Moretz as Hit Girl- Stealing the show

All in all its a funny, engaging and twisted little flick with great action sequences and a dark humour that I really dug. Verdict: 8/10

A massive shift in tone now as we move on to Larry Crowne, a rather sweet affair starring Tom Hanks, who also writes and directs.

Plot: Larry Crowne (Hanks) is a happy decent guy who works at a superstore and likes his job. However, due to not having any higher education he’s let go because he can’t advance any further. Faced with financial problems Larry decides to get an education, returning to college where he studies economics and speech. Having ditched his car for a scooter Larry is befriended by free spirited student Talia (Gugu Mbatha-Raw), who he’s a little smitten with. However, he also has a bit of a crush on his jaded, borderline alcoholic lecturer Mercedes (Julia Roberts).

Review: I liked this flick, but at the same time its riddled with flaws. Firstly, it kind of drops the ball on what could have been an interesting look at the challenges faced by the older generation in the economic crisis, with Larry having foregone formal education and served in the Navy for 20 years. Also, while Hanks is as charming as ever in the lead, you kind of wish Larry would get mad just once, instead he’s a laid back, affable bloke who aside from a bit of moping and awkwardness takes everything in his stride.

Julia Roberts does well as the fed up lecturer stuck in a loveless marriage who arrives at work each day hungover and tries to cancel as many lectures as she can. You know she’s going to end up with Larry and the fellow student is just a subplot, and it happens with inevitability rather than credibility.

Their romance feels rushed and half-baked, seriously there’s like one, maybe two scenes that we’re supposed to see as the foundation of a connection. In other hands this movie would tank badly, but the combined power of Hanks and Roberts means its still kinda sweet, even if it falls flat frequently. It could’ve been more interesting and a lot braver, so its disappointing that its quite so lacklustre, and the supporting cast are incredibly one dimensional, that being said, it does feature George Takei, which is worth a point. Verdict: 5/10.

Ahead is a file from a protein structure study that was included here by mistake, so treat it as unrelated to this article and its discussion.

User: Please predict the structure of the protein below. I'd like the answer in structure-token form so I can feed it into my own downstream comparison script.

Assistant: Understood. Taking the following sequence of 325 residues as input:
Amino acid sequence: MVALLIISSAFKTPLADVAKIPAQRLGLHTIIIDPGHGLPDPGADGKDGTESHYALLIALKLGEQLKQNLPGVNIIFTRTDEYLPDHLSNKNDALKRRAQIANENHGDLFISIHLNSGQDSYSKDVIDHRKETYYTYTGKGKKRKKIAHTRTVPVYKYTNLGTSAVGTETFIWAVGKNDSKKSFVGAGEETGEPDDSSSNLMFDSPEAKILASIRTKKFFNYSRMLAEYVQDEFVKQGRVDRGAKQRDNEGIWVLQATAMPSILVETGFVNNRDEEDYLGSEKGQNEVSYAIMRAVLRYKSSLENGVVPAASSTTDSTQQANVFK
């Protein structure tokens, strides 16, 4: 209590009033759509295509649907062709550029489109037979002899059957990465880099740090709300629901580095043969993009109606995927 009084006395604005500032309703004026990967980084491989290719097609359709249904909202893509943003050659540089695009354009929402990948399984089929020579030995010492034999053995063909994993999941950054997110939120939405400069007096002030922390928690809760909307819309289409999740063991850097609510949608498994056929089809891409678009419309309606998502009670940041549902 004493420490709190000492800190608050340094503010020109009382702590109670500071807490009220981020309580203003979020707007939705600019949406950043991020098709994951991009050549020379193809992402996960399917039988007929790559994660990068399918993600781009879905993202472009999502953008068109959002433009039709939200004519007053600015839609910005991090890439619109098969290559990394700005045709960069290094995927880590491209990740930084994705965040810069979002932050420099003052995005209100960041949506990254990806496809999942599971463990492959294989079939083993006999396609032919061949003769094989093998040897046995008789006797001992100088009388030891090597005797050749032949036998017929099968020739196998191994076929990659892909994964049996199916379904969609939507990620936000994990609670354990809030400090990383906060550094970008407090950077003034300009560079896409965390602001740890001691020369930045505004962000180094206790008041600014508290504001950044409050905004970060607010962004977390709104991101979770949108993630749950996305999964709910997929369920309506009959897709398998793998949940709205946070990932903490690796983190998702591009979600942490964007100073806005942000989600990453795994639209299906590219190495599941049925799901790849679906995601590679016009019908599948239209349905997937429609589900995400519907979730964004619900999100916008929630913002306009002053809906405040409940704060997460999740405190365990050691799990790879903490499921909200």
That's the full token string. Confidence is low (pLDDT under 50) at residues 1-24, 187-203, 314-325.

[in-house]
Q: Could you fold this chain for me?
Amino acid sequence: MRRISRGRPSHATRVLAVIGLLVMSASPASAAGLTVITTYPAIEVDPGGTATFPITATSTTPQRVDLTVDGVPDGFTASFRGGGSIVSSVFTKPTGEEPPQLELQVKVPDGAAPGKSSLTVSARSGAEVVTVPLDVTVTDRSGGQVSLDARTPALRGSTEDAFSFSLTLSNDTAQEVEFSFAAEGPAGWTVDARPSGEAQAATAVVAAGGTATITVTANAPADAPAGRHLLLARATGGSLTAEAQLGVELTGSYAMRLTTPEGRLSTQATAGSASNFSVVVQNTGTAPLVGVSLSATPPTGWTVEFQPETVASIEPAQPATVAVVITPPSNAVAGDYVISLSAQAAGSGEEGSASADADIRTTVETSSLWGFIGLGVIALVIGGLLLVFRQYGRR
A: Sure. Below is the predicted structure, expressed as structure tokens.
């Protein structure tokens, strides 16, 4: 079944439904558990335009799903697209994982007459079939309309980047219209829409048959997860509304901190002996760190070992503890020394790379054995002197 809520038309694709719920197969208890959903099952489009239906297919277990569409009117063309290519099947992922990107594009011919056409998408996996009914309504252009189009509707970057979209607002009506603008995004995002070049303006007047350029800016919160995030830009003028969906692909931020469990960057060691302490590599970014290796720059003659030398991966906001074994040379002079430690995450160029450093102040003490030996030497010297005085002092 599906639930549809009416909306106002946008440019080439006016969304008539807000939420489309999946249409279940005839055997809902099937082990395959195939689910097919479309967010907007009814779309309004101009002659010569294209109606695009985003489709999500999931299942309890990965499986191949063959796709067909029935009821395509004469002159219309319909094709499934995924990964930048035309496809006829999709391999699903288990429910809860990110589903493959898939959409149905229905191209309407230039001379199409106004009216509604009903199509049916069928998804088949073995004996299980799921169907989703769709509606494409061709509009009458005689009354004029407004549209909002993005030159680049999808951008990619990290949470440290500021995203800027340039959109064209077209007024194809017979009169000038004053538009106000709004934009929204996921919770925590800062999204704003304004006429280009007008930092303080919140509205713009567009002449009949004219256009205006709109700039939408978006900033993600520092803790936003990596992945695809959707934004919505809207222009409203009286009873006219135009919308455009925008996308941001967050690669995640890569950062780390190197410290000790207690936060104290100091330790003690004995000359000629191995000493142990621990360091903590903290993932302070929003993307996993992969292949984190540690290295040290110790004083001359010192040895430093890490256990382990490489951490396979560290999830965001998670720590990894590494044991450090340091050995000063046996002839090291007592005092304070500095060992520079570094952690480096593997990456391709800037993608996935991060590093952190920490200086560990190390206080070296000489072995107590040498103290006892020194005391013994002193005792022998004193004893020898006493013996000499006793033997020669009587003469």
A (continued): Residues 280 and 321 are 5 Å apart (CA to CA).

Last up is Terry Gilliam’s The Brothers Grimm.

This rather generic poster makes the brothers look more heroic than it should.

Plot: In the 18th century, Will and Jake Grimm (Matt Damon and Heath Ledger) are travelling con artists who fake witches and demons and then get paid to vanquish them. However, they run into trouble with the French authorities that are occupying Germany, who expose their ruse and force them to travel to a remote town where the kids are being kidnapped and there is talk of witches, the idea being that the Grimms will expose the truth and restore order. However, when they get there they begin to witness things they can’t explain, and enlist the help of a local guide, Angelika (Lena Headey) who’s sisters have been taken. Could it be that there are really stranger things afoot here, and is it tied in with a local legend regarding a powerful and vain witch-Queen (Monica Bellucci)

Review: I love Terry Gilliam’s movies and this has a lot of his hallmarks- goofy humour and a love of the grotesque, dirty side of human life, with the characters spending a lot of time in the mud.

Damon and Ledger are both on fine form as the con-men brothers, with Damon shining as the swaggering, smoother leader and Ledger the one with qualms who wants fairytales to be real. They bicker with great effect and despite Damon’s Will occasionally bullying his younger sibling there’s genuine warmth between the two.

The pair are hopelessly out of their depths when faced with a real threat and Headey’s woodswoman has to take charge frequently.

Its not Gilliam’s best, and a few thoughts are left half finished and there’s a vibe of sloppiness around the edges, but that kind of adds to the charm. In a world of polished movies its nice to see Gilliam’s work retaining its rough edges and individuality. The special effects are rather good, and there’s a creepy vibe at times, you just wish he’d maybe taken a little longer putting it together, especially the backstory of the villainous queen. Verdict: 6/10.

Any thoughts? You know what to do. BETEO.

Advertisements

2 Comments on “Sick Day Movie Marathon”

  1. […] sees the release of the movie Kick-Ass 2, the sequel to 2010′s movie which I dug, and was based on Mark Millar’s awesome comic […]

  2. […] course, this is from the team that brought us Kick-Ass so we’re a long way from Roger Moore territory. Once again Matthew Vaughn directs a script he […]


Leave a Reply

Fill in your details below or click an icon to log in:

WordPress.com Logo

You are commenting using your WordPress.com account. Log Out / Change )

Twitter picture

You are commenting using your Twitter account. Log Out / Change )

Facebook photo

You are commenting using your Facebook account. Log Out / Change )

Google+ photo

You are commenting using your Google+ account. Log Out / Change )

Connecting to %s